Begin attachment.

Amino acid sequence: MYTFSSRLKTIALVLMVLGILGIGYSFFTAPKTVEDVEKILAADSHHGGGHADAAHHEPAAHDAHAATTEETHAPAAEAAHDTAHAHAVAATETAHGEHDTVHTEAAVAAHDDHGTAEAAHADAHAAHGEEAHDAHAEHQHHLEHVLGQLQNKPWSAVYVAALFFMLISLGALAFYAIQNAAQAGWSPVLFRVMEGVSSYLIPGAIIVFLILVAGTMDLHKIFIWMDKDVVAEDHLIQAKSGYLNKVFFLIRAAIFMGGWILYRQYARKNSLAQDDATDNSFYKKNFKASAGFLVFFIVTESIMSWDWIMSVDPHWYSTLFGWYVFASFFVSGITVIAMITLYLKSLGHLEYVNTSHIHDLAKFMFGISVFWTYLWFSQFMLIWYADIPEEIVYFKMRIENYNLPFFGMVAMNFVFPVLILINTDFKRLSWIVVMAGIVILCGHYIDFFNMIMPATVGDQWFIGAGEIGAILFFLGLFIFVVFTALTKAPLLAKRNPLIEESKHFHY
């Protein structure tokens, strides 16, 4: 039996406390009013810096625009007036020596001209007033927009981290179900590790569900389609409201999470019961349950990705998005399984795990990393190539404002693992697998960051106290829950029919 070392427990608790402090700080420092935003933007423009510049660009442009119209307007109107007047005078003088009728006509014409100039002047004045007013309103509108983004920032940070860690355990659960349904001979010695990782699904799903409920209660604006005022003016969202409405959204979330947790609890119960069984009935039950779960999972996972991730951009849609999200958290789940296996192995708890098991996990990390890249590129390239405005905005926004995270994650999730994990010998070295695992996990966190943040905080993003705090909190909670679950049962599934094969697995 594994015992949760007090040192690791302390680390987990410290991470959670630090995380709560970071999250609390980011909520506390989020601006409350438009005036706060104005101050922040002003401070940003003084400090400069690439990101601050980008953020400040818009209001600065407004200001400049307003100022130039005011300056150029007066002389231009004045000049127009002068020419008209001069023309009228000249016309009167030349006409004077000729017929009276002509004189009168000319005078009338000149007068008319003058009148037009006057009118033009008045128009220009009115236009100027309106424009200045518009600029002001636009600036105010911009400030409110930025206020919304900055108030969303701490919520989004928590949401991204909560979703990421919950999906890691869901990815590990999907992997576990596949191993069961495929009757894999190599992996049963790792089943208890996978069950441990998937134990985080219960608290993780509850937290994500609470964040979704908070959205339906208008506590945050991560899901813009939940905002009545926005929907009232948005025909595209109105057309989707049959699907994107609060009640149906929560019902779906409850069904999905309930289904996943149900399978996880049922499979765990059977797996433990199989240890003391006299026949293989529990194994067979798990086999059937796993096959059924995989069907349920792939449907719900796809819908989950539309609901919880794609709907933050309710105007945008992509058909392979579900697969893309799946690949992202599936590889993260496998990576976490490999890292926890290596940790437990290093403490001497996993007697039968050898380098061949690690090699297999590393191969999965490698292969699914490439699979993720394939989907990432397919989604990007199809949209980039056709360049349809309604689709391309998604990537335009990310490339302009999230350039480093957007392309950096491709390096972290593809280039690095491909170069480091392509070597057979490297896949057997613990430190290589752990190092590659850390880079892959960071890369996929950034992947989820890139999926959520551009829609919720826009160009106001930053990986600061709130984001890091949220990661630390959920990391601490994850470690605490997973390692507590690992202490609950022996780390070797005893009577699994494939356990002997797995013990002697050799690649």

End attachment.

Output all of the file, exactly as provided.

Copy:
Amino acid sequence: MYTFSSRLKTIALVLMVLGILGIGYSFFTAPKTVEDVEKILAADSHHGGGHADAAHHEPAAHDAHAATTEETHAPAAEAAHDTAHAHAVAATETAHGEHDTVHTEAAVAAHDDHGTAEAAHADAHAAHGEEAHDAHAEHQHHLEHVLGQLQNKPWSAVYVAALFFMLISLGALAFYAIQNAAQAGWSPVLFRVMEGVSSYLIPGAIIVFLILVAGTMDLHKIFIWMDKDVVAEDHLIQAKSGYLNKVFFLIRAAIFMGGWILYRQYARKNSLAQDDATDNSFYKKNFKASAGFLVFFIVTESIMSWDWIMSVDPHWYSTLFGWYVFASFFVSGITVIAMITLYLKSLGHLEYVNTSHIHDLAKFMFGISVFWTYLWFSQFMLIWYADIPEEIVYFKMRIENYNLPFFGMVAMNFVFPVLILINTDFKRLSWIVVMAGIVILCGHYIDFFNMIMPATVGDQWFIGAGEIGAILFFLGLFIFVVFTALTKAPLLAKRNPLIEESKHFHY
């Protein structure tokens, strides 16, 4: 039996406390009013810096625009007036020596001209007033927009981290179900590790569900389609409201999470019961349950990705998005399984795990990393190539404002693992697998960051106290829950029919 070392427990608790402090700080420092935003933007423009510049660009442009119209307007109107007047005078003088009728006509014409100039002047004045007013309103509108983004920032940070860690355990659960349904001979010695990782699904799903409920209660604006005022003016969202409405959204979330947790609890119960069984009935039950779960999972996972991730951009849609999200958290789940296996192995708890098991996990990390890249590129390239405005905005926004995270994650999730994990010998070295695992996990966190943040905080993003705090909190909670679950049962599934094969697995 594994015992949760007090040192690791302390680390987990410290991470959670630090995380709560970071999250609390980011909520506390989020601006409350438009005036706060104005101050922040002003401070940003003084400090400069690439990101601050980008953020400040818009209001600065407004200001400049307003100022130039005011300056150029007066002389231009004045000049127009002068020419008209001069023309009228000249016309009167030349006409004077000729017929009276002509004189009168000319005078009338000149007068008319003058009148037009006057009118033009008045128009220009009115236009100027309106424009200045518009600029002001636009600036105010911009400030409110930025206020919304900055108030969303701490919520989004928590949401991204909560979703990421919950999906890691869901990815590990999907992997576990596949191993069961495929009757894999190599992996049963790792089943208890996978069950441990998937134990985080219960608290993780509850937290994500609470964040979704908070959205339906208008506590945050991560899901813009939940905002009545926005929907009232948005025909595209109105057309989707049959699907994107609060009640149906929560019902779906409850069904999905309930289904996943149900399978996880049922499979765990059977797996433990199989240890003391006299026949293989529990194994067979798990086999059937796993096959059924995989069907349920792939449907719900796809819908989950539309609901919880794609709907933050309710105007945008992509058909392979579900697969893309799946690949992202599936590889993260496998990576976490490999890292926890290596940790437990290093403490001497996993007697039968050898380098061949690690090699297999590393191969999965490698292969699914490439699979993720394939989907990432397919989604990007199809949209980039056709360049349809309604689709391309998604990537335009990310490339302009999230350039480093957007392309950096491709390096972290593809280039690095491909170069480091392509070597057979490297896949057997613990430190290589752990190092590659850390880079892959960071890369996929950034992947989820890139999926959520551009829609919720826009160009106001930053990986600061709130984001890091949220990661630390959920990391601490994850470690605490997973390692507590690992202490609950022996780390070797005893009577699994494939356990002997797995013990002697050799690649």